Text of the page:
Sarah Ratliff, Author, Big Buds Mag
Most cannabis producers would consider themselves ecologically responsible. They strive for sustainability by embracing organic grow practices whenever they can. They take pride in supplying a natural product that comes directly from the earth.
Even those who aren’t thinking about sustainability will at least pay it lip service. They know that the environmentally aware crowd is well represented among cannabis consumers and advocates. Eco-conscious investors are increasingly including cannabis stocks in their green portfolios.
There is a natural convergence of interests between the cannabis industry and environmentalism. But in an era when concern over climate change dominates the environmental agenda, indoor cannabis growers are wildly out of step.
Indoor cannabis facilities have a substantial carbon footprint; it’s believed that such grow operations are the most energy-intensive agricultural enterprises in the world. This is significant because all of the cannabis grown in Puerto Rico as well as 63 percent of the cannabis commercially grown in the United States is grown indoors, and another 20 percent is grown partially indoors in mixed-light/greenhouse-style facilities.
If the cannabis industry is serious about sustainability, it must seek out and embrace the possibilities offered by renewable energy. Solar energy in particular could make a substantial difference to the way cannabis growing facilities impact the environment.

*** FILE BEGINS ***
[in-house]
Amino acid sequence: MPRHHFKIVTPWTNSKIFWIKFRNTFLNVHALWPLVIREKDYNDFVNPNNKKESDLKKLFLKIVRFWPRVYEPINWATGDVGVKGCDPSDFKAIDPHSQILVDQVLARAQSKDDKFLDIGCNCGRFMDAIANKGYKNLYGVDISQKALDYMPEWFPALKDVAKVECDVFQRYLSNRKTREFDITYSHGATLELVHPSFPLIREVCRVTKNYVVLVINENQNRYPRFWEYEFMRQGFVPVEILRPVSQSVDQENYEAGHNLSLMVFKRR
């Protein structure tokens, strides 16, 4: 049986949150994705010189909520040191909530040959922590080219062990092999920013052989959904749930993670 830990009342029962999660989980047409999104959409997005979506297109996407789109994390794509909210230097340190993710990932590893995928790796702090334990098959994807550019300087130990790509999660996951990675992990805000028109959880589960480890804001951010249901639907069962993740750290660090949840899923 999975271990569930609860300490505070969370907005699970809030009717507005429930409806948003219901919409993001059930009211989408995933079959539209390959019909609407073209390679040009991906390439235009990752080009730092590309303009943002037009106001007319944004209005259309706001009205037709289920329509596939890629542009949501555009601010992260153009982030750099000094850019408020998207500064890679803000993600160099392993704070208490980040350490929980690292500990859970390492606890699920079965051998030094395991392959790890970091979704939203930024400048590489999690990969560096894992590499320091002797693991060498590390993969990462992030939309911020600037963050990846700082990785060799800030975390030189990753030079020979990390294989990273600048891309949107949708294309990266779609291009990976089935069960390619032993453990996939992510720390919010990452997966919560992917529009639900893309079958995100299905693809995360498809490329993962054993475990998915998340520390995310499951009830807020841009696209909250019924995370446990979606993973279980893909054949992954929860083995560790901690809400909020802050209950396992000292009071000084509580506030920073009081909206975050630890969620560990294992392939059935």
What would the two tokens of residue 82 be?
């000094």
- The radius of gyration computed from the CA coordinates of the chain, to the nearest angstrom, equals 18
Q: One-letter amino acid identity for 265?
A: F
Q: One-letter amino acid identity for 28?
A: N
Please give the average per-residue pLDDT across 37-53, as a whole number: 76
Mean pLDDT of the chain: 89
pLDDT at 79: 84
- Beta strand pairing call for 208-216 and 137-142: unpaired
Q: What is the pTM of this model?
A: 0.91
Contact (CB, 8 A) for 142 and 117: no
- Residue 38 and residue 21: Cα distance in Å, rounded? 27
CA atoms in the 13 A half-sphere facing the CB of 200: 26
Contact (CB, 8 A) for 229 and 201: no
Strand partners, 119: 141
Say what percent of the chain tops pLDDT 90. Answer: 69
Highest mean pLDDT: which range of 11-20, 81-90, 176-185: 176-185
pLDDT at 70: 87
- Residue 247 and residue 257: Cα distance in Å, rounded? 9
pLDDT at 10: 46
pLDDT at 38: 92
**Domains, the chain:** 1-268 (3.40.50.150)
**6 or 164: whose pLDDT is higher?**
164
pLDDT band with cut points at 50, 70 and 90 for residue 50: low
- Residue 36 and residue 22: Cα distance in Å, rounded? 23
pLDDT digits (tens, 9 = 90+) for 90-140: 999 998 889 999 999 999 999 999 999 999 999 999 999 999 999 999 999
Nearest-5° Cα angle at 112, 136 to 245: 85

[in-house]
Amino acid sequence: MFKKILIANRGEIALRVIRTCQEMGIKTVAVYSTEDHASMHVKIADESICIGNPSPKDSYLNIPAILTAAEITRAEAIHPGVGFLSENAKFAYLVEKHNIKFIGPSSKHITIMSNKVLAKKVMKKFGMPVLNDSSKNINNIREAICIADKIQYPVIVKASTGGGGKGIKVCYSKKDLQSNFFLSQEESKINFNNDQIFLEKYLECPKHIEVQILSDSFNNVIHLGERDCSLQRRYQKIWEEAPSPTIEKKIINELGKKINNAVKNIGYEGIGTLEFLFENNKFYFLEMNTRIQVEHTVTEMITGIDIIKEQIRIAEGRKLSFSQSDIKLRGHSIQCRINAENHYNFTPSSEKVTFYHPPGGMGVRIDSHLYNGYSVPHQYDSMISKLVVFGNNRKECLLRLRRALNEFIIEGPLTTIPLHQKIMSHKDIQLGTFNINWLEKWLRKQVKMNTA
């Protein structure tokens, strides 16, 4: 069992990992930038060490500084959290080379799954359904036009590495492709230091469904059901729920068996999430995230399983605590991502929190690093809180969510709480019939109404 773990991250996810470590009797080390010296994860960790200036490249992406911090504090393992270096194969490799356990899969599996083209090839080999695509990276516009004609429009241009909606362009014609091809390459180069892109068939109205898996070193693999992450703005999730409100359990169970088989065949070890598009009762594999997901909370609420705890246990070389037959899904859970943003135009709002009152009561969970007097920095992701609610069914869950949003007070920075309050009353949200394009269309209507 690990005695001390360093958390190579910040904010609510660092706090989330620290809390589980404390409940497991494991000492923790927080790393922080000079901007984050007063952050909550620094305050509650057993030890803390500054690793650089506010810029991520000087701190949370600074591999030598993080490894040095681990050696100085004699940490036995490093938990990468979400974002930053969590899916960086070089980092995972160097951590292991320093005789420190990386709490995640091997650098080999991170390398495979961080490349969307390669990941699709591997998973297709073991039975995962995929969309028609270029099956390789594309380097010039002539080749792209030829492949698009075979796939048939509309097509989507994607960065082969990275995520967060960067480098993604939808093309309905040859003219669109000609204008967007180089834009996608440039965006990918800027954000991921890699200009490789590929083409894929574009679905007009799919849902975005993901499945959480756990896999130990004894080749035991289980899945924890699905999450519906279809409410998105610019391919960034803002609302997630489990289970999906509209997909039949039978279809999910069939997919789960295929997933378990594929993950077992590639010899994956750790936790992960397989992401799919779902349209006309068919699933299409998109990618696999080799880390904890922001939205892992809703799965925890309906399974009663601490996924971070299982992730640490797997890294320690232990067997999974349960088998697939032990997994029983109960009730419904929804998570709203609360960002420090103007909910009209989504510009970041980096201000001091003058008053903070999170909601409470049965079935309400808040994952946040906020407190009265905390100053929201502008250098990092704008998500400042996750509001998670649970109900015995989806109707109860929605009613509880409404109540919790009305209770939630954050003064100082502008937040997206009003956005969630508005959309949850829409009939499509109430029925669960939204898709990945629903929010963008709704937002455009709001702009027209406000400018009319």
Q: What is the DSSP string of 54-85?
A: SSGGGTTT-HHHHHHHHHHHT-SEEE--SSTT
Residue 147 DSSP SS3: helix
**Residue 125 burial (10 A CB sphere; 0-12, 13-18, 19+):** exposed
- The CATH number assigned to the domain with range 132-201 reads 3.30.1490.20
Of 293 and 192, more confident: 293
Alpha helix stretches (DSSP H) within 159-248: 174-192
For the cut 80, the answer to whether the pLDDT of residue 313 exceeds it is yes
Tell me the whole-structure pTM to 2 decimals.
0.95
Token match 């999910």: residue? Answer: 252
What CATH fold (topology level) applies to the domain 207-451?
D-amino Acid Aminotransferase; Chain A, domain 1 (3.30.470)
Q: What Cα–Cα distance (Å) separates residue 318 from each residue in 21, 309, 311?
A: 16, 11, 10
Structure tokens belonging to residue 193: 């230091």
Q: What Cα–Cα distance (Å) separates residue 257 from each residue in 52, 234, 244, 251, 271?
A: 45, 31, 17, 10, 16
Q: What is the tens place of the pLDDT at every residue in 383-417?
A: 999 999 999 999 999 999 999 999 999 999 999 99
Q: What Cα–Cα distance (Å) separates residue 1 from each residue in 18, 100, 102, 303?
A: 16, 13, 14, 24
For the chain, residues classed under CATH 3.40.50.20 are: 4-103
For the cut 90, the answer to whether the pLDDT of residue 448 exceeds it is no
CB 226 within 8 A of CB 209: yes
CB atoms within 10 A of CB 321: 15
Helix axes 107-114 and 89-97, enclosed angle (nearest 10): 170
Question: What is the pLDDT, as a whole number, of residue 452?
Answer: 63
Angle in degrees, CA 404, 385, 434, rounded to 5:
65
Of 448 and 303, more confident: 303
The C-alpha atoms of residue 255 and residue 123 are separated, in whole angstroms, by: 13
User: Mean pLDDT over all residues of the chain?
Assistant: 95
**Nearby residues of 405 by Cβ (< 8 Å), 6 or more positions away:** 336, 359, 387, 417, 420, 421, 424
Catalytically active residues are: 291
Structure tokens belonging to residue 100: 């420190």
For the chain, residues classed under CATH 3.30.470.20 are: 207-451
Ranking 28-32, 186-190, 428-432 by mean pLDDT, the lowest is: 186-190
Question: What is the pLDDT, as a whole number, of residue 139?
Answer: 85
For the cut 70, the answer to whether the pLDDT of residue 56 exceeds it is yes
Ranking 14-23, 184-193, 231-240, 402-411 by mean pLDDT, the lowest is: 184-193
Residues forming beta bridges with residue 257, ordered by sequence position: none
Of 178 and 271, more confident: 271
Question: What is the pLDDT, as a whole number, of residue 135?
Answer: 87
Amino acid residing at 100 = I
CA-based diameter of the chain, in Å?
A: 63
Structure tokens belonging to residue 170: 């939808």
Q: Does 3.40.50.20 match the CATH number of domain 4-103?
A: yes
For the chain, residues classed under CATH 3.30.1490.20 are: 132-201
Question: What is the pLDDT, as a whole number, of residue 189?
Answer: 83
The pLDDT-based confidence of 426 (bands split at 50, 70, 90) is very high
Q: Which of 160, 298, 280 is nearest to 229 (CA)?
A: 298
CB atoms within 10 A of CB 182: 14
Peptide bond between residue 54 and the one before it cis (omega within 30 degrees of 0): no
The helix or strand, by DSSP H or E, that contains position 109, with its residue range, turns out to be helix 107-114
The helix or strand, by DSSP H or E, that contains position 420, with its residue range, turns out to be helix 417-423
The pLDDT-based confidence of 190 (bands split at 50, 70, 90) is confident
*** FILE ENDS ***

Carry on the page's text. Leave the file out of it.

A solar-powered indoor cooling system developed by Arizona-based SunTrac is another innovation that can help cannabis growers save money on electricity. SunTrac panels can cut the electricity needs of a rooftop air conditioner by 30 to 40 percent, which is significant since half the electricity used by indoor facilities is spent on climate modification (heating, cooling, ventilation and dehumidification).
Another way indoor growing facilities can integrate solar energy systems is to install them as a source of backup power.
“If you lose power for a day, you could lose $1 million,” Campbell estimates in reference to the largest grow facilities. “Backup power is worth a true amount of dollars in the cannabis industry.”
Combined with battery banks for storage when the sun is not shining, a solar backup system would be cleaner, more reliable and ultimately less expensive than diesel generators.
The possibilities of combining solar technology with cannabis growing are only beginning to be explored. As the research and development advances, the potential for money- and energy-saving applications is likely to expand dramatically.